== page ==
Multimodal Genetic Algorithms for Craniofacial Superimposition

Multimodal Genetic Algorithms for Craniofacial Superimposition

Óscar Ibáñez, Oscar Cordón, Sergio Damas, José Santamaría
DOI: 10.4018/978-1-60566-705-8.ch005
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Craniofacial superimposition is a forensic process that aims to identify a missing person by overlaying a photograph and a model of the skull. This process is usually carried out manually by forensic anthropologists, thus being very time consuming and presenting several difficulties when trying to find a good fit between the 3D model of the skull and the 2D photo of the face. This contribution aims to provide both a detailed description of the problem and the proposal of two different designs of a multimodal (clearing) genetic algorithm to tackle it. The new proposals will be tested on superimpositions for different real-world identification cases from the Physical Anthropology lab at the University of Granada in Spain, including positive and negative cases, taking the manual and the basic genetic algorithm solutions as baselines for their quality.
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Photographic supra-projection (Iscan, 1993) is a forensic process that consists of comparing photographs or video shots of a missing person with the skull that is found. By projecting both photographs on top of each other (or, even better, matching a scanned three-dimensional skull model against the face photo/video shot), the forensic anthropologist can try to establish whether that is the same person.

To do so, an accurate 3D model of the skull is first demanded. Next, the matching of two sets of radiometric points (facial anthropometric (cephalometric) landmarks in the subject photograph, and cranial anthropometric (craniometric) landmarks in the obtained skull model) is considered to guide the superimposition of the skull 3D model and the photograph (Iscan, 1993). Then, a decision making stage starts by analyzing the different kinds of achieved matchings between landmarks. Some of them will perfectly match, some will partially do so, and finally some others will not. After the whole process, the forensic expert must declare whether the analyzed skull corresponds to the missing person or not.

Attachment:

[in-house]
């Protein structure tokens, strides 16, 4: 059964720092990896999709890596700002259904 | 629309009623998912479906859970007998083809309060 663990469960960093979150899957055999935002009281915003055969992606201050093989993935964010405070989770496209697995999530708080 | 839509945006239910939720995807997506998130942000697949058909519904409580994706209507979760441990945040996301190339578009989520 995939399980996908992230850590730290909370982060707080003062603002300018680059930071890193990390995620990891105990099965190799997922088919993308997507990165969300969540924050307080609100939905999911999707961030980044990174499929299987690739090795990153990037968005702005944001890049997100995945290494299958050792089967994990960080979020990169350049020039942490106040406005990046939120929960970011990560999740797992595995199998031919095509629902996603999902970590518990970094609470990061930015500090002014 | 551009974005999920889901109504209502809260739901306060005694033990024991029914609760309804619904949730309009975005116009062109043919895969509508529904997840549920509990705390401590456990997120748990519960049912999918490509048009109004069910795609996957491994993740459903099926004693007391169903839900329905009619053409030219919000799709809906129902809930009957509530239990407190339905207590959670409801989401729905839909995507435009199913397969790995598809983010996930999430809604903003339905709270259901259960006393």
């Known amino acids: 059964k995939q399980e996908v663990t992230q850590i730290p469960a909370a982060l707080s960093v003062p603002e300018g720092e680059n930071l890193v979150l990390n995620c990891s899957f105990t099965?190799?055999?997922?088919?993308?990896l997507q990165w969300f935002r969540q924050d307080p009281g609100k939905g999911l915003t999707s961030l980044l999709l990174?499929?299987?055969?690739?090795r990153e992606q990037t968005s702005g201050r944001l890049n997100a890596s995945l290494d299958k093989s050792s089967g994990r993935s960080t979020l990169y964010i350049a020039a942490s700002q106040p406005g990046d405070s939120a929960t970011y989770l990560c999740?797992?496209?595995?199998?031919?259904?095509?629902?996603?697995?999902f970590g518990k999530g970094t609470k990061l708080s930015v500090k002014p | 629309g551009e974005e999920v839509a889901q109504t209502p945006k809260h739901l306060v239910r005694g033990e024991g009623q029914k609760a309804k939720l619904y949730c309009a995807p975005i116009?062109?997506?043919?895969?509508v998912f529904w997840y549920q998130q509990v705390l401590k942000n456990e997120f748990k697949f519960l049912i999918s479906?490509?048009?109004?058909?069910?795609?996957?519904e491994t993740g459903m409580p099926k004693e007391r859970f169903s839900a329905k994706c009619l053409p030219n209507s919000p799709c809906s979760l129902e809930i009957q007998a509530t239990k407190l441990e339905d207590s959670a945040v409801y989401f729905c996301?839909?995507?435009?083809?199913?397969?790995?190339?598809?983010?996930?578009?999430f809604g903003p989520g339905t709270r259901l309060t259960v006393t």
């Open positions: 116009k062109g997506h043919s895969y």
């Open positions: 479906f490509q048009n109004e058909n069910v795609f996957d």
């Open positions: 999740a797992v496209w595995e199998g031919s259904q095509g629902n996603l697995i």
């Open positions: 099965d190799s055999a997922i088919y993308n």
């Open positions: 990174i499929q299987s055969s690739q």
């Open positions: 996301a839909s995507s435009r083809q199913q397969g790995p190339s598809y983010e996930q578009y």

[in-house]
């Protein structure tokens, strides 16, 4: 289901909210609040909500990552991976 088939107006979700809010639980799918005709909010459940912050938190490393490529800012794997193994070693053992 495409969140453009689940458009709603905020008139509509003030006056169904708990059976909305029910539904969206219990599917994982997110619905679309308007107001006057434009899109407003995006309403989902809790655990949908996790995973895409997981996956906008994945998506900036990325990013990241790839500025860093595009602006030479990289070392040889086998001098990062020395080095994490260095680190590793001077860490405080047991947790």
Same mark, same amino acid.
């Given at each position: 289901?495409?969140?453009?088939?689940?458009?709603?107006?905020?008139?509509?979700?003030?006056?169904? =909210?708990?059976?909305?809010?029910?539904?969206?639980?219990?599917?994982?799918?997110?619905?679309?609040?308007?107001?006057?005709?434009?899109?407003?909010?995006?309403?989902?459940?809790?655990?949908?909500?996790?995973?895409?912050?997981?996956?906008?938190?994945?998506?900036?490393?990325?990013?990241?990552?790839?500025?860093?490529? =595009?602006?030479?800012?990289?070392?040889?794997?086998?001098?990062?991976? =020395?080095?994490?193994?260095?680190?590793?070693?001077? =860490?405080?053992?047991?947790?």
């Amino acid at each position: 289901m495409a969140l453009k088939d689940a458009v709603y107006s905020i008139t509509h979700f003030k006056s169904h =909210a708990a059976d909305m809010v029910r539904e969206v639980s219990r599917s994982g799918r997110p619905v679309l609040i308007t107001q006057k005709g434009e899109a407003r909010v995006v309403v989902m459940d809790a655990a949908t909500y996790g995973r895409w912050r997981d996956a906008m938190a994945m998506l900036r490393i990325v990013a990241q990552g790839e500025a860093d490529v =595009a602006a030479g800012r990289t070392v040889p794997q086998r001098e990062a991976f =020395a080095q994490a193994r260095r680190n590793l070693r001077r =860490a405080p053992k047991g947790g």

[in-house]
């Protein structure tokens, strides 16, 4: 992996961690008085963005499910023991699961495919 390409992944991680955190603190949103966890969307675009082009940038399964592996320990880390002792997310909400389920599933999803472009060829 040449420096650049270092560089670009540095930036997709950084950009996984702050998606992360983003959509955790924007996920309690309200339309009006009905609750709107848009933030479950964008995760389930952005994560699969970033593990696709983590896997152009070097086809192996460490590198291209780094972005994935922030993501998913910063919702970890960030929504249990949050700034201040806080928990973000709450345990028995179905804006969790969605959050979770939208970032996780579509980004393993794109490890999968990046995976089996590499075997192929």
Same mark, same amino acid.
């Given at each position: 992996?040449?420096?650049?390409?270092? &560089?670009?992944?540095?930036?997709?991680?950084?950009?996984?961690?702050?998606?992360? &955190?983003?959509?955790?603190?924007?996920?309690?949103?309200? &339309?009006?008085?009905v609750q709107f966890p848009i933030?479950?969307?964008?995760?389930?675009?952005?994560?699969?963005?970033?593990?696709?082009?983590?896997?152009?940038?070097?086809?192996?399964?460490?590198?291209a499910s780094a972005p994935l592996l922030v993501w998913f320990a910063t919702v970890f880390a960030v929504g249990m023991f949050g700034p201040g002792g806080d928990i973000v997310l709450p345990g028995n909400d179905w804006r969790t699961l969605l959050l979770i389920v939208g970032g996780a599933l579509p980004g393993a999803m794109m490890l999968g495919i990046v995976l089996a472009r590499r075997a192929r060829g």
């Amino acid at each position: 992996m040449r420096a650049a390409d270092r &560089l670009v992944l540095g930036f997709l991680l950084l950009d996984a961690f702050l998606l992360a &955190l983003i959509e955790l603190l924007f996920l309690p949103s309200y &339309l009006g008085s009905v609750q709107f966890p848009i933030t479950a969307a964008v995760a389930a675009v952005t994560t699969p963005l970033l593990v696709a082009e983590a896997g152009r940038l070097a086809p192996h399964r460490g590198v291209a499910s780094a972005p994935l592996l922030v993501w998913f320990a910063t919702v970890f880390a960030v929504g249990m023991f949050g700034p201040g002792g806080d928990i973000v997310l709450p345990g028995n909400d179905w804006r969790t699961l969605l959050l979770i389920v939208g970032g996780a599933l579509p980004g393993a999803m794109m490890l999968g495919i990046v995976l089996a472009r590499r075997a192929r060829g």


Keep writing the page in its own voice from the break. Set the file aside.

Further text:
As can be seen, the latter procedure is very time consuming and there is not a systematic methodology but every expert usually apply his/her particular process. Hence, there is a strong interest in designing automatic methods to support the forensic anthropologist to put it into effect.

In this chapter, we will focus our attention on the second stage of the identification task, known as craniofacial superimposition. It is fundamental to adopt a proper and robust technique to align the 3D model and the 2D image in a common coordinate frame by means of image registration (IR) techniques (Zitova & Flusser, 2003). The key idea of the IR process is to achieve the transformation that places different 2D/3D images in a common coordinate system.

Evolutionary Computation (EC) comprises global search algorithms with a general purpose that use principles inspired by natural genetics to solve problems. In the last few years, there is an increasing interest on applying EC fundamentals to IR (Cordón, Damas & Santamaría, 2007; Rouet, Jacq & Roux, 2000; Yamany, Ahmed & Farag, 1999).

As said, the superimposition process is one of the most time consuming tasks for the forensic experts. Therefore, software tools for the automation of their work are a real need. Unfortunately, we can find only few proposals to automate the process and, even worse, the results are not suitable for the forensic experts. We will address the problem by extending our previous approach (Ballerini, Cordón, Damas, Santamaría, Alemán & Botella, 2007; Ballerini, Cordón, Damas & Santamaría, 2008), based on genetic algorithms (GAs) (Goldberg, 1989). These contributions aimed to automatize and drastically reduce the time of the superimposition task by means of a systematic method based on GAs. In spite of the good results achieved, there are some outcomes from our previous proposal that lead us to think we were dealing with a multimodal problem. In particular, the results analysis showed that both the standard deviation and the average fitness values of the best were too high. Hence, in this contribution we propose a multimodal GA aiming to improve the performance of the previous classical GA approach.

The structure of the chapter is as follows. The background section is devoted to introduce EC, the IR problem, the state of the art on craniofacial superimposition, and our previous GA for craniofacial superimposition. Our new proposal is detailed in the next section, where an experimental study is also described. Finally, some future works are outlined and concluding remarks are presented.

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